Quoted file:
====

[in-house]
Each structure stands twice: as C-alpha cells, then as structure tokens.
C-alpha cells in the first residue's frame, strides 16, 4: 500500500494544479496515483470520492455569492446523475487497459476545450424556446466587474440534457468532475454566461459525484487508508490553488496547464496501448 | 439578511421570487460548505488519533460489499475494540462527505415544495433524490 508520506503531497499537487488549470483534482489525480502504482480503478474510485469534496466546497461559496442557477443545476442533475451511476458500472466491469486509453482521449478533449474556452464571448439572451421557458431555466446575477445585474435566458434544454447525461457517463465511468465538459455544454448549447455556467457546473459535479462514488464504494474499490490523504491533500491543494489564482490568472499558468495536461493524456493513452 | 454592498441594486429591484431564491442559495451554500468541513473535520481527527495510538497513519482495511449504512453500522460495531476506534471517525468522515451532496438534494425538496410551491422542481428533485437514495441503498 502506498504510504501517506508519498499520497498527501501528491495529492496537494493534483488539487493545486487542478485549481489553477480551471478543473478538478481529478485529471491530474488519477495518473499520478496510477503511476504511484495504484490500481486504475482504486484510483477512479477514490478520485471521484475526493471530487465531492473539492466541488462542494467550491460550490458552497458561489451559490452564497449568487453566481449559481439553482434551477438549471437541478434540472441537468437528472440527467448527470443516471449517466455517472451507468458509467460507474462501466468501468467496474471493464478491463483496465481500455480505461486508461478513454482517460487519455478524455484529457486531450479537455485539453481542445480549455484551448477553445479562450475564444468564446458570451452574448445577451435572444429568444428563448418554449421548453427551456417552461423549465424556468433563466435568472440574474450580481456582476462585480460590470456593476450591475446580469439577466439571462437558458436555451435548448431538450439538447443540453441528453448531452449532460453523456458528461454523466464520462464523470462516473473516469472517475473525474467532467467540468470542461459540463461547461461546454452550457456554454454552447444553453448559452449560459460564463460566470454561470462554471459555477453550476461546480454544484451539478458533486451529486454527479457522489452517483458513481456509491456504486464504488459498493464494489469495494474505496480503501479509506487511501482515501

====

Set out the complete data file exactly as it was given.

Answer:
[in-house]
Each structure stands twice: as C-alpha cells, then as structure tokens.
C-alpha cells in the first residue's frame, strides 16, 4: 500500500494544479496515483470520492455569492446523475487497459476545450424556446466587474440534457468532475454566461459525484487508508490553488496547464496501448 | 439578511421570487460548505488519533460489499475494540462527505415544495433524490 508520506503531497499537487488549470483534482489525480502504482480503478474510485469534496466546497461559496442557477443545476442533475451511476458500472466491469486509453482521449478533449474556452464571448439572451421557458431555466446575477445585474435566458434544454447525461457517463465511468465538459455544454448549447455556467457546473459535479462514488464504494474499490490523504491533500491543494489564482490568472499558468495536461493524456493513452 | 454592498441594486429591484431564491442559495451554500468541513473535520481527527495510538497513519482495511449504512453500522460495531476506534471517525468522515451532496438534494425538496410551491422542481428533485437514495441503498 502506498504510504501517506508519498499520497498527501501528491495529492496537494493534483488539487493545486487542478485549481489553477480551471478543473478538478481529478485529471491530474488519477495518473499520478496510477503511476504511484495504484490500481486504475482504486484510483477512479477514490478520485471521484475526493471530487465531492473539492466541488462542494467550491460550490458552497458561489451559490452564497449568487453566481449559481439553482434551477438549471437541478434540472441537468437528472440527467448527470443516471449517466455517472451507468458509467460507474462501466468501468467496474471493464478491463483496465481500455480505461486508461478513454482517460487519455478524455484529457486531450479537455485539453481542445480549455484551448477553445479562450475564444468564446458570451452574448445577451435572444429568444428563448418554449421548453427551456417552461423549465424556468433563466435568472440574474450580481456582476462585480460590470456593476450591475446580469439577466439571462437558458436555451435548448431538450439538447443540453441528453448531452449532460453523456458528461454523466464520462464523470462516473473516469472517475473525474467532467467540468470542461459540463461547461461546454452550457456554454454552447444553453448559452449560459460564463460566470454561470462554471459555477453550476461546480454544484451539478458533486451529486454527479457522489452517483458513481456509491456504486464504488459498493464494489469495494474505496480503501479509506487511501482515501